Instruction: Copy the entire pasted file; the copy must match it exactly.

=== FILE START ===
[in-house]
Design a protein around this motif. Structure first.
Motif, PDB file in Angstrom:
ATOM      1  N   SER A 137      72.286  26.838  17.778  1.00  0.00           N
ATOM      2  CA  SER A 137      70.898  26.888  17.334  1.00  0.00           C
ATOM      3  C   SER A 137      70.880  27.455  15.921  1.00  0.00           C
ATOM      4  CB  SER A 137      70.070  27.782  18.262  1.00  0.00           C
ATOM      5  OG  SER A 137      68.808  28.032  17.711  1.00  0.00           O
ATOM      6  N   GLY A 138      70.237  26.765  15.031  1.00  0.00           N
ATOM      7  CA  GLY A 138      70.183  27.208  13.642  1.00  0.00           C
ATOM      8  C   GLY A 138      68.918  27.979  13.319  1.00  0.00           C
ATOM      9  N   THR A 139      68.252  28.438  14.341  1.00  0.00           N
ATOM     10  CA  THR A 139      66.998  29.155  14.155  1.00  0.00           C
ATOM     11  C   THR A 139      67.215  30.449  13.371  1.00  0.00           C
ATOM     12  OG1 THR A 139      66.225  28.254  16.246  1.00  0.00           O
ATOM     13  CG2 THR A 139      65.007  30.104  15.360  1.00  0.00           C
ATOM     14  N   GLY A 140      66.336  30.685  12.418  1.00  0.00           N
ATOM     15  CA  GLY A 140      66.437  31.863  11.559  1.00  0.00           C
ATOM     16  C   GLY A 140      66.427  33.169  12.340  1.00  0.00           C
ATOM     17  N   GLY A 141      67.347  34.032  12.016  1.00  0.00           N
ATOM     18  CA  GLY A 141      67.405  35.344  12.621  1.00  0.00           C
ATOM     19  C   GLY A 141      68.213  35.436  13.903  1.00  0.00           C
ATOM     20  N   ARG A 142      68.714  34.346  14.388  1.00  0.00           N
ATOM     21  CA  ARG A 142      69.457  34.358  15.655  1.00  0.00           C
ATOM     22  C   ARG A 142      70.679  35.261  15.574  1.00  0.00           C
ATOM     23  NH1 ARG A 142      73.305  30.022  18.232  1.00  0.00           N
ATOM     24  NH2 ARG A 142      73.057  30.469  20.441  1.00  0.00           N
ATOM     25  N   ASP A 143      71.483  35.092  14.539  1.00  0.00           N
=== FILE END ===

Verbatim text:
[in-house]
Design a protein around this motif. Structure first.
Motif, PDB file in Angstrom:
ATOM      1  N   SER A 137      72.286  26.838  17.778  1.00  0.00           N
ATOM      2  CA  SER A 137      70.898  26.888  17.334  1.00  0.00           C
ATOM      3  C   SER A 137      70.880  27.455  15.921  1.00  0.00           C
ATOM      4  CB  SER A 137      70.070  27.782  18.262  1.00  0.00           C
ATOM      5  OG  SER A 137      68.808  28.032  17.711  1.00  0.00           O
ATOM      6  N   GLY A 138      70.237  26.765  15.031  1.00  0.00           N
ATOM      7  CA  GLY A 138      70.183  27.208  13.642  1.00  0.00           C
ATOM      8  C   GLY A 138      68.918  27.979  13.319  1.00  0.00           C
ATOM      9  N   THR A 139      68.252  28.438  14.341  1.00  0.00           N
ATOM     10  CA  THR A 139      66.998  29.155  14.155  1.00  0.00           C
ATOM     11  C   THR A 139      67.215  30.449  13.371  1.00  0.00           C
ATOM     12  OG1 THR A 139      66.225  28.254  16.246  1.00  0.00           O
ATOM     13  CG2 THR A 139      65.007  30.104  15.360  1.00  0.00           C
ATOM     14  N   GLY A 140      66.336  30.685  12.418  1.00  0.00           N
ATOM     15  CA  GLY A 140      66.437  31.863  11.559  1.00  0.00           C
ATOM     16  C   GLY A 140      66.427  33.169  12.340  1.00  0.00           C
ATOM     17  N   GLY A 141      67.347  34.032  12.016  1.00  0.00           N
ATOM     18  CA  GLY A 141      67.405  35.344  12.621  1.00  0.00           C
ATOM     19  C   GLY A 141      68.213  35.436  13.903  1.00  0.00           C
ATOM     20  N   ARG A 142      68.714  34.346  14.388  1.00  0.00           N
ATOM     21  CA  ARG A 142      69.457  34.358  15.655  1.00  0.00           C
ATOM     22  C   ARG A 142      70.679  35.261  15.574  1.00  0.00           C
ATOM     23  NH1 ARG A 142      73.305  30.022  18.232  1.00  0.00           N
ATOM     24  NH2 ARG A 142      73.057  30.469  20.441  1.00  0.00           N
ATOM     25  N   ASP A 143      71.483  35.092  14.539  1.00  0.00           N